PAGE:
Joe Patrice: And so I was sick, but I feel pretty good. It was not COVID thankfully. So that’s nice.
Kathryn Rubino: How about you Chris? What did you do this weekend?
Chris Williams: Today my house almost burned down.
Kathryn Rubino: Well that’s not great.
Chris Williams: it was hot but —
Kathryn Rubino: Well, I guess the almost part is good.
Chris Williams: The almost is good.
Joe Patrice: Yeah, the almost.
Chris Williams: So, it was 2:00 a.m. and I was grading my papers for the Gillespie’s Africana Studies course. I told my students I would get the grades to them by Friday, and Friday at this point was two days ago. So I’m in my second energy drink trying to suffer through misplaced gerunds. And I saw the light flicker in my back study. I’m like, okay that’s fine, things happen. But then it happened again. Then I was like, I should go check this. So I look around the house. I go down into the kitchen and there’s an electric fire around the dryer. Thankfully I had a fire extinguisher that I bought like two months before this, rapidly put the fire out and I’m like, okay I don’t see a fire but it doesn’t mean there isn’t one. There could be one in the walls.
Joe Patrice: In the walls, yup.
Chris Williams: So smart thing to do was call the 911 people. So I’ve dialed that number and I called the fire department to my own house and I’m sitting outside. Thankfully, I was dressed because usually at 2:00 a.m. I am not dressed like normal.
Joe Patrice: That makes sense. Most people aren’t.
Chris Williams: So I’m sitting there with my little 20-dollar fire extinguisher as the people with the big guns come by and make sure I’m not going to die of monoxide poisoning or anything. And you know now I’m fine. I got a couple hours of sleep in which weren’t as restful as usual because of the whole fire thing.
Kathryn Rubino: Almost dying thing.
Joe Patrice: No, that’s rough.
Chris Williams: But you know, the thing is, it was like it was the best conditions to almost have a house fire burned down, because I was awake, I went on my gut instinct and because it is my dryer. I’ve ran a dryer when I was asleep before. I had a fire extinguisher on me.
Joe Patrice: And also like everyone should.
Chris Williams: Everyone should. It was like 20 bucks. Besides listening to Joe’s sultry voice, if you take anything else from this podcast, buy a fucking fire extinguisher. Like they last far longer than the bottle of bourbon that you haven’t been drinking because your uncle got it for you a couple years ago, and it’s more useful. Just get one off Amazon. But yeah, that was my morning. I know that was on weekend.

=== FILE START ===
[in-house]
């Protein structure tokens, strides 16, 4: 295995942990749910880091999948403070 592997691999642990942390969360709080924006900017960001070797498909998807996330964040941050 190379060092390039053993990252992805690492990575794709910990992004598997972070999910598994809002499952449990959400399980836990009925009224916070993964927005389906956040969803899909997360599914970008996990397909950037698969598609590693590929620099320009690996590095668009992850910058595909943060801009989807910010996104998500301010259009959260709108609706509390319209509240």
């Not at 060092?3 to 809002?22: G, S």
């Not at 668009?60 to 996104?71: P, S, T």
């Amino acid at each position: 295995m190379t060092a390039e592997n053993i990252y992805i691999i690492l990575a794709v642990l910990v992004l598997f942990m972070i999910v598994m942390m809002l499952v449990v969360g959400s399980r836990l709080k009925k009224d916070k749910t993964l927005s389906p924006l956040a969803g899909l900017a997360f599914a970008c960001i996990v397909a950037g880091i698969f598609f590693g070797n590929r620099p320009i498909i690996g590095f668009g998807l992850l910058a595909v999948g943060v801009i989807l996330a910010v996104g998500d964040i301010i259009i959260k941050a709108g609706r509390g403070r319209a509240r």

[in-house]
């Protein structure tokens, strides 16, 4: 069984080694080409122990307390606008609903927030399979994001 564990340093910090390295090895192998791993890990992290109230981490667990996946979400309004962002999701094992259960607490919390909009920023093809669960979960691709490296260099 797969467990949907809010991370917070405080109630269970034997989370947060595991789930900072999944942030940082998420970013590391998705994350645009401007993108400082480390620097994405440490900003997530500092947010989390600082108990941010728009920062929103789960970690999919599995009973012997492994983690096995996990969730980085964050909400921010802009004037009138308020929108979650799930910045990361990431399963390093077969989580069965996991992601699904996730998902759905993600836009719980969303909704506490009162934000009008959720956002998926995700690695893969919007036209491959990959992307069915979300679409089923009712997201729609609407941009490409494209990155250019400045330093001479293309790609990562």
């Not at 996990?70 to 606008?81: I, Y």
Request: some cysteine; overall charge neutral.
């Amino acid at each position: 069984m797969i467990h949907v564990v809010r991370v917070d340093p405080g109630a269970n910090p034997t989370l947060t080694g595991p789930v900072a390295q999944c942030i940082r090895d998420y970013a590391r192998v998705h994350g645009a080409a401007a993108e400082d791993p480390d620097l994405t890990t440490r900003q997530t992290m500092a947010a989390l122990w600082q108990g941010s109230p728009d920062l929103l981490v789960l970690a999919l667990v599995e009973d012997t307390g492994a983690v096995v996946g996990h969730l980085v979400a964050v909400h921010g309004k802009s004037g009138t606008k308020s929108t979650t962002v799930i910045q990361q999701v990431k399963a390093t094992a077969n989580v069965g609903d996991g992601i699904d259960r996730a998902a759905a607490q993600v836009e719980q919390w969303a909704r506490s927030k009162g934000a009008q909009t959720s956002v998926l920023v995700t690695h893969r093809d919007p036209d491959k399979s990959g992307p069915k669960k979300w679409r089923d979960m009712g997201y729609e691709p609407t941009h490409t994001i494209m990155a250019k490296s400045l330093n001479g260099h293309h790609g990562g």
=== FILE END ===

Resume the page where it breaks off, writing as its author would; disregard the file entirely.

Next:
Joe Patrice: Who hasn’t been drinking? And I’m like, go on.
Kathryn Rubino: it seems to be the procrastination maybe saved you and your house, because if you hadn’t been awake and watching when it was happening, who knows what have happened. So procrastination is great.
Joe Patrice: Yes, integrated them on time. Yeah. You know what, the thing that I take away from this out, one of the revelations, we’ll talk a little bit more about the Legal Trends Report that was released at the Clio Conference that I was at. But being in the small talk section since this is relevant, you know 2:00 a.m., one of the one of the revelations of the Legal Trends Report, is they run based off the data that they have what hours lawyers are actually using the system. So they can they can say like, lawyers were working at this hour of the day or whatever. But they also ran a survey of what times of the day do you want to work, and ran those against each other. Unsurprisingly, lawyers are working kind of around the clock, but when did they really want to be working? And, you know, there are people who want to keep non-traditional hours, and I prefer working from 11:00 to 1:00 that I have kids or whatever, those are all in there. But the one thing that blew me away, just by its absence, is there were people working round the clock and there were people who wanted to work in every hour segment, except 3:00 a.m. Universal me-time for attorneys is apparently 3:00 a.m. Mark it down, everybody.
Kathryn Rubino: Amazing. So, trying to get home from the bar right about then.
Joe Patrice: Yeah, I guess. Anyway, we should move on and maybe that’s a good transition for us to end small talk.
Kathryn Rubino: Small talk.
Joe Patrice: Yeah. I like that new thing. All right, so let’s transition directly from that to one of the stories that I did want to talk about coming out of that Legal Trends Report, which was one of the findings of the report was that attorney rates, and now we’re talking more small and regional law firms here. I don’t think that the people who are charging upwards of $2,500.
Kathryn Rubino: It’s so your role Kirkland, don’t raise your rates.